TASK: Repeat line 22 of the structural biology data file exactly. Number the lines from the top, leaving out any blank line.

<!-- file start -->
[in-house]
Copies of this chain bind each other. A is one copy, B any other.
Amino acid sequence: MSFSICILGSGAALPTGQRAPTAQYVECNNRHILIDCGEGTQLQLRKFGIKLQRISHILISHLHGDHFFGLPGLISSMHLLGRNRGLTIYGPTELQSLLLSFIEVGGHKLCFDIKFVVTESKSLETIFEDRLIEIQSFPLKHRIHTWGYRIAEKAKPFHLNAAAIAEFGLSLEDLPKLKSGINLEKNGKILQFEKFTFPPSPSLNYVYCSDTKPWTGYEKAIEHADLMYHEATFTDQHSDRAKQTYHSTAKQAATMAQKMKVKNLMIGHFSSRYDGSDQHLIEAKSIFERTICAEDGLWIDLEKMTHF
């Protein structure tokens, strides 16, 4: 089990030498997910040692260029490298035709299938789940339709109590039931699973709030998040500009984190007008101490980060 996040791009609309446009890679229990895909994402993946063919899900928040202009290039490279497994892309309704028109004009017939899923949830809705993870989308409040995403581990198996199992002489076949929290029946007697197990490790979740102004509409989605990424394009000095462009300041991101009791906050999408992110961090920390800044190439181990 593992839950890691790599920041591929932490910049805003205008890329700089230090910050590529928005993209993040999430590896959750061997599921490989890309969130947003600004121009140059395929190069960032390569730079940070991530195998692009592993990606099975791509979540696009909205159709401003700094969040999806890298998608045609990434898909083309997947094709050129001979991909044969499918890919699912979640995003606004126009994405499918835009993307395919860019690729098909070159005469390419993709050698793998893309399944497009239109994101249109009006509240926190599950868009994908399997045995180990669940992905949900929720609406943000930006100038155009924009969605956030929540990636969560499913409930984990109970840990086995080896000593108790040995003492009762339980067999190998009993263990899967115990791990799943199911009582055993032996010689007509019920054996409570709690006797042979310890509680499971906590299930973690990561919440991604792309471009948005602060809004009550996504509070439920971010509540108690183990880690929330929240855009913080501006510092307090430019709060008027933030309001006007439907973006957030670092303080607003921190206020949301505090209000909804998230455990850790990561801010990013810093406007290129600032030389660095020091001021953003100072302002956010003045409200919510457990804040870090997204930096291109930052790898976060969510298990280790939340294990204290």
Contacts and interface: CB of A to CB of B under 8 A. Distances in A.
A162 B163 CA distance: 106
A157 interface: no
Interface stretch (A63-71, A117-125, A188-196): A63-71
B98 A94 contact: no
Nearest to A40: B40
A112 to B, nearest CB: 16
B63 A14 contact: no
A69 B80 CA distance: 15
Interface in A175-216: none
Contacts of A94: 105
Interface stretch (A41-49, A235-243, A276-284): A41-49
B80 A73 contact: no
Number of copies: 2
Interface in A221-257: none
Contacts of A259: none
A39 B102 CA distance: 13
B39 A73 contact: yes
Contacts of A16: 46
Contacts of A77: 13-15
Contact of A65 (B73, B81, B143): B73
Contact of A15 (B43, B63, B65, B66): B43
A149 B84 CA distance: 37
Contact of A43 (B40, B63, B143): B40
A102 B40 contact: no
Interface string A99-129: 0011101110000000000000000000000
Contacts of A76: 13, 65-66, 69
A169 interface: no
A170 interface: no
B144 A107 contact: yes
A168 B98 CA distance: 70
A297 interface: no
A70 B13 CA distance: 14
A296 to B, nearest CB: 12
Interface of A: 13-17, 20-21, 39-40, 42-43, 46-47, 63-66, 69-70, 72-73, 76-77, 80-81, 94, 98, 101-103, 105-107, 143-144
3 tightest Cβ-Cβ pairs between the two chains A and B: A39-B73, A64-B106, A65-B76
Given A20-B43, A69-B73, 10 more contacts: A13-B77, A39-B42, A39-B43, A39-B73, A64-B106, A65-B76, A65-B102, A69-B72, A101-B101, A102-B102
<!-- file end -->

B39 A73 contact: yes